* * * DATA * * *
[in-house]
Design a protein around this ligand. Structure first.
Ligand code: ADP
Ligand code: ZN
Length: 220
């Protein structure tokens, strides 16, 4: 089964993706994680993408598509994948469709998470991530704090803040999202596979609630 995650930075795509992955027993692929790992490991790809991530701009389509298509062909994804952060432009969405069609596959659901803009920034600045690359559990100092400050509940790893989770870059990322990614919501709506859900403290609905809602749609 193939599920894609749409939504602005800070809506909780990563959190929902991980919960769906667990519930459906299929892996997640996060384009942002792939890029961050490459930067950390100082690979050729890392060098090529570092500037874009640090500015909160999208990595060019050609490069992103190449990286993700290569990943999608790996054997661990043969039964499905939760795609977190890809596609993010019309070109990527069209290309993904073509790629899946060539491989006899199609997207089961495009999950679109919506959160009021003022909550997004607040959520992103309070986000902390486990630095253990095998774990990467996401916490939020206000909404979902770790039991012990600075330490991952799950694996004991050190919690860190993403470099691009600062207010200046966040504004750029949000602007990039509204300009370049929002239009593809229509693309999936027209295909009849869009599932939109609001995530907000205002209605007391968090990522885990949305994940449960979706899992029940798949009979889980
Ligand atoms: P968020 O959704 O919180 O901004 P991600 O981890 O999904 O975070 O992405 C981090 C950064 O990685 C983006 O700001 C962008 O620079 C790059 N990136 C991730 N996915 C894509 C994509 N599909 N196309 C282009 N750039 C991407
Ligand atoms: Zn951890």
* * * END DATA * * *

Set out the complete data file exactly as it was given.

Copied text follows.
[in-house]
Design a protein around this ligand. Structure first.
Ligand code: ADP
Ligand code: ZN
Length: 220
């Protein structure tokens, strides 16, 4: 089964993706994680993408598509994948469709998470991530704090803040999202596979609630 995650930075795509992955027993692929790992490991790809991530701009389509298509062909994804952060432009969405069609596959659901803009920034600045690359559990100092400050509940790893989770870059990322990614919501709506859900403290609905809602749609 193939599920894609749409939504602005800070809506909780990563959190929902991980919960769906667990519930459906299929892996997640996060384009942002792939890029961050490459930067950390100082690979050729890392060098090529570092500037874009640090500015909160999208990595060019050609490069992103190449990286993700290569990943999608790996054997661990043969039964499905939760795609977190890809596609993010019309070109990527069209290309993904073509790629899946060539491989006899199609997207089961495009999950679109919506959160009021003022909550997004607040959520992103309070986000902390486990630095253990095998774990990467996401916490939020206000909404979902770790039991012990600075330490991952799950694996004991050190919690860190993403470099691009600062207010200046966040504004750029949000602007990039509204300009370049929002239009593809229509693309999936027209295909009849869009599932939109609001995530907000205002209605007391968090990522885990949305994940449960979706899992029940798949009979889980
Ligand atoms: P968020 O959704 O919180 O901004 P991600 O981890 O999904 O975070 O992405 C981090 C950064 O990685 C983006 O700001 C962008 O620079 C790059 N990136 C991730 N996915 C894509 C994509 N599909 N196309 C282009 N750039 C991407
Ligand atoms: Zn951890």